Gunmen shot and killed the Salvadoran armed forces' chief spokesman here today in an action that appeared to be part of a recent increase in left-wing guerrilla attacks in the capital.

The gunmen shot Lt. Col. Ricardo Cienfuegos, director of the Armed Forces Press Committee, on a tennis court at a sports club at about midday. They draped a red banner over his body, marked with large yellow letters reading "FPL." Those are the Spanish initials of the Popular Liberation Forces, one of the two largest factions in the left-wing guerrilla alliance called the Farabundo Marti National Liberation Front.

Although the FPL flag pointed to the guerrillas as the killers, so far there have been no other public claims by any group.

Cienfuegos was the first prominent victim to die in the capital in an apparent attack by left-wing guerrillas since a U.S. military adviser was gunned down in May 1983. Salvadoran and U.S. officials have said recently that the guerrillas were moving some of their combatants into San Salvador because of their lack of success in the countryside in the past year.

"The left has adopted a policy of urban destabilization," President Jose Napoleon Duarte said moments after learning of Cienfuegos' murder. He cited both a recent spate of political killings by the left and a series of strikes by government employes' unions sympathetic to the left.

Duarte was meeting with a small group of U.S. reporters at the presidential palace when he was notified of the killing at 1:05 p.m. He immediately called Defense Minister Carlos Vides Casanova, who provided him with details.

"It's almost impossible to prevent surprise assassinations of this kind," the president said.

A ball boy who was working on a tennis court near Cienfuegos when the officer was killed said that he heard two shots and then saw three persons dressed in tennis attire running away from the scene of the murder. Cienfuegos was shot while he was sitting on a bench next to a tennis court, the ball boy said, and the body still was seated on the bench and draped with the flag when reporters arrived about an hour later.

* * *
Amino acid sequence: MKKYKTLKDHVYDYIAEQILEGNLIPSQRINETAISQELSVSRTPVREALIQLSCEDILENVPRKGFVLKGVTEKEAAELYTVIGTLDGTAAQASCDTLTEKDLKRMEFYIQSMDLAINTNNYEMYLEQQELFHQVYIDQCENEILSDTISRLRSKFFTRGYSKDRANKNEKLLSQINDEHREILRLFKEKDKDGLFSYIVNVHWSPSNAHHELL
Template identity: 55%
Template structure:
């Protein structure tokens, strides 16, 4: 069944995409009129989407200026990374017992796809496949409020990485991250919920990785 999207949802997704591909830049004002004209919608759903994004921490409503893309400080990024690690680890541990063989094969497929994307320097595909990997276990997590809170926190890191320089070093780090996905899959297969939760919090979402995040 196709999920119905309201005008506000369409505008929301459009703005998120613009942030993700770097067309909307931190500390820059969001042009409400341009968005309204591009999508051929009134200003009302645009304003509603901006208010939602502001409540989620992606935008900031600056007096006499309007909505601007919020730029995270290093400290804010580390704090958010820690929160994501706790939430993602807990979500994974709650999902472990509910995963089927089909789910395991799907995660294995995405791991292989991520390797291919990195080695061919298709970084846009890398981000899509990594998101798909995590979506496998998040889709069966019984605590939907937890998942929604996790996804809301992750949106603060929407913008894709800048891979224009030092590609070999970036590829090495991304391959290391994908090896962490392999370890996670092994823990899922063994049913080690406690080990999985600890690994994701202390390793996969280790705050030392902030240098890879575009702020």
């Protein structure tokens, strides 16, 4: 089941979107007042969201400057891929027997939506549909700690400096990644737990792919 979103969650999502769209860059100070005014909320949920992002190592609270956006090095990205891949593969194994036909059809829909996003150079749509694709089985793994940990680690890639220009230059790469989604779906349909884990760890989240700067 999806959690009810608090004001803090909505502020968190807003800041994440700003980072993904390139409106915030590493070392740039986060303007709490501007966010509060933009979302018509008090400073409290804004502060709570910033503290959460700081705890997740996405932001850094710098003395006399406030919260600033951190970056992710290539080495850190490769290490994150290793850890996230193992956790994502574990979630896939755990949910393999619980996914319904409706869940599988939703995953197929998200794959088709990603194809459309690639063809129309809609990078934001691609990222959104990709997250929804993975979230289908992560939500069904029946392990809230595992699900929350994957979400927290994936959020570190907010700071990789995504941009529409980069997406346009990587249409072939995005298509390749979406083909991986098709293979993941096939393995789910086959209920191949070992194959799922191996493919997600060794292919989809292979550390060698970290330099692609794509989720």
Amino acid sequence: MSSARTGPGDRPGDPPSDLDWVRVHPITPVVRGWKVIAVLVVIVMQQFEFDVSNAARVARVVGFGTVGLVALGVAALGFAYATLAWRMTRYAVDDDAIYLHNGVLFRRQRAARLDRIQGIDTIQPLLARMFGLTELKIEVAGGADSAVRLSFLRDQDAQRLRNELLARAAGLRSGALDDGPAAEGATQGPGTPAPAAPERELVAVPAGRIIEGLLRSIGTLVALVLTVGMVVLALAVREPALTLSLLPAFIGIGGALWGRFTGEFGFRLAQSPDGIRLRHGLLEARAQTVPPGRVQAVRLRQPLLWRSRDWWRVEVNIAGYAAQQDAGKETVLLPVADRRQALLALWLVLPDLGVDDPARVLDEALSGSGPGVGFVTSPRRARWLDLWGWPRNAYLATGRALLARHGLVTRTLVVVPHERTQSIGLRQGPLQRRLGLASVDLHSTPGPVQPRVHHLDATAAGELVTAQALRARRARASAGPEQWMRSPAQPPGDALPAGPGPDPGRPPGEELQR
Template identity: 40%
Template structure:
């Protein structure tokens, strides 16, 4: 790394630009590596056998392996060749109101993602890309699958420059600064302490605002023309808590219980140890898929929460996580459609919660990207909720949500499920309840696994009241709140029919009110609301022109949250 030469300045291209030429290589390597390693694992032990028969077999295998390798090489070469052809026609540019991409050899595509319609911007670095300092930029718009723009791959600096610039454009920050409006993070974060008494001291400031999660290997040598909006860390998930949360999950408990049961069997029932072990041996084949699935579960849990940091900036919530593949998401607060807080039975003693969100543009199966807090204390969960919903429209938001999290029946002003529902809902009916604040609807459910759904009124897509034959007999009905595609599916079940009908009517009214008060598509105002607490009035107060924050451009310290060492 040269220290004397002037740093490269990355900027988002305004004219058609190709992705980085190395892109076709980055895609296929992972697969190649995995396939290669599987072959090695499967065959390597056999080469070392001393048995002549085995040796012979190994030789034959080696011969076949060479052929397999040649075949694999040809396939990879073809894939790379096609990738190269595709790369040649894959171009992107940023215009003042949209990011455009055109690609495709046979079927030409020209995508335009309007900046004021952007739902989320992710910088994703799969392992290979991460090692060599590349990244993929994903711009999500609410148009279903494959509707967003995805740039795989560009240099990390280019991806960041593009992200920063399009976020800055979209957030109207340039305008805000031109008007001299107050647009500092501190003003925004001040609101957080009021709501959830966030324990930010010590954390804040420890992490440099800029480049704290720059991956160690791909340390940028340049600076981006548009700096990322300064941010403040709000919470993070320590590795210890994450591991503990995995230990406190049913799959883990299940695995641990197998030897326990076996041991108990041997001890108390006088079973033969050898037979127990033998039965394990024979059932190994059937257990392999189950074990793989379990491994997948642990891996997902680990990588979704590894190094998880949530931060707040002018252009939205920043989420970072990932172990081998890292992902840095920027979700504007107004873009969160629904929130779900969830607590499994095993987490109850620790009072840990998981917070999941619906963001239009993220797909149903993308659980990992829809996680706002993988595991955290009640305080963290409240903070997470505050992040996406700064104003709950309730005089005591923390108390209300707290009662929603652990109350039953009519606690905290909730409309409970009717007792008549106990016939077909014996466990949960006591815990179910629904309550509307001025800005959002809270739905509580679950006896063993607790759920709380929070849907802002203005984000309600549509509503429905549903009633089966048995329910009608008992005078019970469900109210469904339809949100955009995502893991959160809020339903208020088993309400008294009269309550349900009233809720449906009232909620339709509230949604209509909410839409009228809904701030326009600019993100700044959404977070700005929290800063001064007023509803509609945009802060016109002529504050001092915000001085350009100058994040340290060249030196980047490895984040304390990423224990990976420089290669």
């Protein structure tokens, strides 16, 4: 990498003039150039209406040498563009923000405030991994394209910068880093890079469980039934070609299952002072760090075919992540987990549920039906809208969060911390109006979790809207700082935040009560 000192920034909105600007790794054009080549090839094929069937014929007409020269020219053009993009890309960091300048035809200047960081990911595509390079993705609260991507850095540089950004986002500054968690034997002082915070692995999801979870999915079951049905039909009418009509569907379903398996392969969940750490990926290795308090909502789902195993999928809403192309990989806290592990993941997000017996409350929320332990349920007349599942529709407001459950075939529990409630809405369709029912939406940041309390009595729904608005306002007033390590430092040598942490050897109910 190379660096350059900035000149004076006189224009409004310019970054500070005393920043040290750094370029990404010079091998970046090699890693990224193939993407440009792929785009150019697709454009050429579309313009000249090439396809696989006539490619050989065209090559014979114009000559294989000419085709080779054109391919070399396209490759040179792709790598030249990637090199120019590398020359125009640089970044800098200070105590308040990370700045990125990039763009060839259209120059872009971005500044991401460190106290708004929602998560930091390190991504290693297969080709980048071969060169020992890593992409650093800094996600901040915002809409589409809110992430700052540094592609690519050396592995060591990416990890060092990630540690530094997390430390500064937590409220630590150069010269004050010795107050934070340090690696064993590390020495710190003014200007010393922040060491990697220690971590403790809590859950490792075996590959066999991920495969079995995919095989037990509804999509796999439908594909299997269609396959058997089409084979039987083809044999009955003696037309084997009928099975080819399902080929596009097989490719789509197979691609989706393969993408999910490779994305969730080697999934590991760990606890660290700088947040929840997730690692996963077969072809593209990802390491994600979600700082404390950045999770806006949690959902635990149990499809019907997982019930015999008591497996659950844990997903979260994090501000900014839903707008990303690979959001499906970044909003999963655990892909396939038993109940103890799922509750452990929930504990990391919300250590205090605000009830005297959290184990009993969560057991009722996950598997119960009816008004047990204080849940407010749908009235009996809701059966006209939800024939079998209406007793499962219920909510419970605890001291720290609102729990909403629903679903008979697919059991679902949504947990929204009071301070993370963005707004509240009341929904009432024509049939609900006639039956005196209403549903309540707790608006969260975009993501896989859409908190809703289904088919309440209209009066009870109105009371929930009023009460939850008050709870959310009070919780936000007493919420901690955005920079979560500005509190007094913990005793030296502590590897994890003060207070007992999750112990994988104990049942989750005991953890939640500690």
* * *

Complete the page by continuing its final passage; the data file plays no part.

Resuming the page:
Cienfuegos, who was well known to reporters because of his work as spokesman, played tennis regularly at the club at midday. A policeman guarding the club after the shooting said that private security guards normally provide protection there.

El Salvador's left-wing guerrillas were active in the capital in the late 1970s and in 1980, but they shut down most of their operations beginning in 1981 because of stepped-up countermeasures, including killings of numerous suspected leftist sympathizers. Until late last year, the Farabundo Marti front concentrated almost all of its fighting in the countryside north of the capital and in the eastern part of the country.

In recent months, however, both government officials and guerrilla leaders have said that the left was seeking to rebuild its urban base. This appeared to be a reaction to the Army's improved performance in the countryside, where the government has had the military initiative for more than a year.

The guerrillas' clandestine Radio Venceremos reported Saturday, for example, that "urban guerrilla commandos" had killed six persons in the previous five days. The victims included a factory personnel manager identified as an "enemy of the working class," an Army captain, three military security force personnel and an Air Force enlisted man, the broadcast said.

"We are everywhere, striking blows everywhere," Radio Venceremos declared.

The three security force personnel mentioned by the broadcast were killed when the guerrillas fired a rocket-propelled grenade at a truck carrying 40 national policemen, according to press reports.

Gen. Paul Gorman, outgoing commander of U.S. military forces in Latin America, said in congressional testimony last week that the Salvadoran guerrillas had increased their combatants in the capital to 500 from 50 in the past six months. He said that Washington had intelligence reports indicating that the rebels planned to move back into the cities.

The pickup in urban attacks led U.S. military trainers here to begin about two months ago to train Salvadoran military personnel to confront urban guerrillas, military sources said. The Salvadorans are receiving special training to handle incidents in which hostages are taken, for example, the sources said.